The first five stories of the On the Ceiling series are here. And without further ado, the hyperlink for #6: Kuukua and the Difficult Doors. (Note: When this was first posted, the attached PDF didn’t have italics where italics were designed to be. This has since been corrected and the document has been re-uploaded.)
Kuukua and the Difficult Doors
There were invisible threads on the ceiling now. My roommate Nana Konamah and I had gotten fed up. The architects of this hostel must have had some sort of sense impairment when they were designing, because this nonsense of the light switch being on one side of the room and the fan switch being on the opposite wall had been making our lives unnecessarily difficult. If the room was too hot or too cold during the night, NK would have to walk all the way to my side to regulate the fan speed. If she fell asleep with the light on, I would have to walk all the way to her side to turn it off. I’d never liked sitting down and doing nothing about problems that could so easily be solved with thread, so now our room had a very small-scale version of the complex thread system I had built in my room back home. It proved immensely helpful in instances just like this one…
“Felicia is coming!” NK whispered urgently. The next second, I pulled a string from my bed and the light went off. NK hadn’t even had to sit up.
“Don’t say anything,” I warned Princess, who was beside me in the dark now.
It was way past lights-out, and I was exhausted, but I’d promised Princess I’d help her with her physics homework when I had time. It turned out 11 p.m. was the earliest I’d been free enough to help anyone on a Monday night, and Princess wasn’t even the first person I was helping tonight. I was not, however, ready to get in trouble for it with Felicia, my hostel prefect. I already did enough weeding and gardening throughout the normal week; I wasn’t about to add gutter scrubbing to my schedule just because I’d decided to be a nice, helpful classmate.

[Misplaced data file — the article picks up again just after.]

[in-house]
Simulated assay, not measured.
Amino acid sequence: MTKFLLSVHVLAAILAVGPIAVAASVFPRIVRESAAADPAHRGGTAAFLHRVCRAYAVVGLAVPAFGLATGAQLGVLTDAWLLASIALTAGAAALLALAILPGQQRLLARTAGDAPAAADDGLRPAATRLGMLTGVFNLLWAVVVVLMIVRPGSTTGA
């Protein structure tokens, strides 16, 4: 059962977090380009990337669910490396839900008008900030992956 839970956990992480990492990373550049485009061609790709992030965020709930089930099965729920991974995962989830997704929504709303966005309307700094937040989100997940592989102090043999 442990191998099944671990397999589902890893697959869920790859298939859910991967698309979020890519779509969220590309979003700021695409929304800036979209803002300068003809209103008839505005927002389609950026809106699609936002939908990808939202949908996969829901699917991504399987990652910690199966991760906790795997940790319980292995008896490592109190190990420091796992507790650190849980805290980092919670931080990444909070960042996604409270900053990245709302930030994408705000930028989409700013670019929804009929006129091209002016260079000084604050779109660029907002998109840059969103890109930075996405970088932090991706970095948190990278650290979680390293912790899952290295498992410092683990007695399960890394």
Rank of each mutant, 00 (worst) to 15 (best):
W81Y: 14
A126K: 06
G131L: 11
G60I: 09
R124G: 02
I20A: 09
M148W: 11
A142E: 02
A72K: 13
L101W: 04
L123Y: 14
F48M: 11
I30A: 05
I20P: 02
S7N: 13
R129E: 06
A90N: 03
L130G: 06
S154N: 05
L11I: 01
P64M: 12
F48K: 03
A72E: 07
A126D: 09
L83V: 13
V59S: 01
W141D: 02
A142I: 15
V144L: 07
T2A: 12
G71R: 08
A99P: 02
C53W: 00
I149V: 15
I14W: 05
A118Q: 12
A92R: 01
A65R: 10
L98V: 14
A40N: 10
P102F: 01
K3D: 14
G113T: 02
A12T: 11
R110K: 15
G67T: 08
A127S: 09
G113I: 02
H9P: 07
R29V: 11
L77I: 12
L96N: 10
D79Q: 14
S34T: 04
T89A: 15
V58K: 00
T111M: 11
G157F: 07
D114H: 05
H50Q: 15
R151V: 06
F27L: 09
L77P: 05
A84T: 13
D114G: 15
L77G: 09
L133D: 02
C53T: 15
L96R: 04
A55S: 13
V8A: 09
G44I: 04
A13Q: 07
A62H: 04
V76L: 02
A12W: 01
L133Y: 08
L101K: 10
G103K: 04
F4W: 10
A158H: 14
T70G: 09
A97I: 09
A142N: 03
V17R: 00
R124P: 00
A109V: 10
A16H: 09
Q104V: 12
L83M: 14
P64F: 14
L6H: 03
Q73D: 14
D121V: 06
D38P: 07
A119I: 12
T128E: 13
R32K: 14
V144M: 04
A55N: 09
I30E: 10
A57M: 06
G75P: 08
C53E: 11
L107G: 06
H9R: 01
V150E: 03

I heard Felicia’s footsteps as she did a brief walk-through, passing in front of all the rooms in the building. If she didn’t see lights or hear voices, she just moved past each door after a few seconds. I listened keenly, made sure she was way out of sight and hearing before I pulled another string and the lights switched back on.
“Ahahn, so which question were we on?” I asked Princess, suppressing a yawn. But Princess’ mind was far from Newton’s laws of motion at that moment.
“How did you do that, with the light?” she asked with a mixture of curiosity and fear.
“Magic, anaa?” I replied, bored, irritable, and tired.
“Kuukua, be serious.”
“I thought everyone knew I’m a witch by now. See eh, let’s continue with the distin. It’s due tomorrow morning, and frankly, m’abrɛ.”
“So you won’t explain?”
“Ei, Princess. Do you want to finish this homework or not?”
Her facial expression reflected the struggle she was going through, trying to rationalize what had just happened, but then she gave up, clearly also weary and looking forward to sleeping. “Fine. Let’s continue.”
“Great. So, we know that force is equal to mass times acceleration….”
I could have explained – at least about the spider-silk thread – but that would have led to even more questions. How did I know how to build this switch-flipping system? Why was the thread invisible? Where did one acquire spider-silk thread? Why did I have my very own pet spider?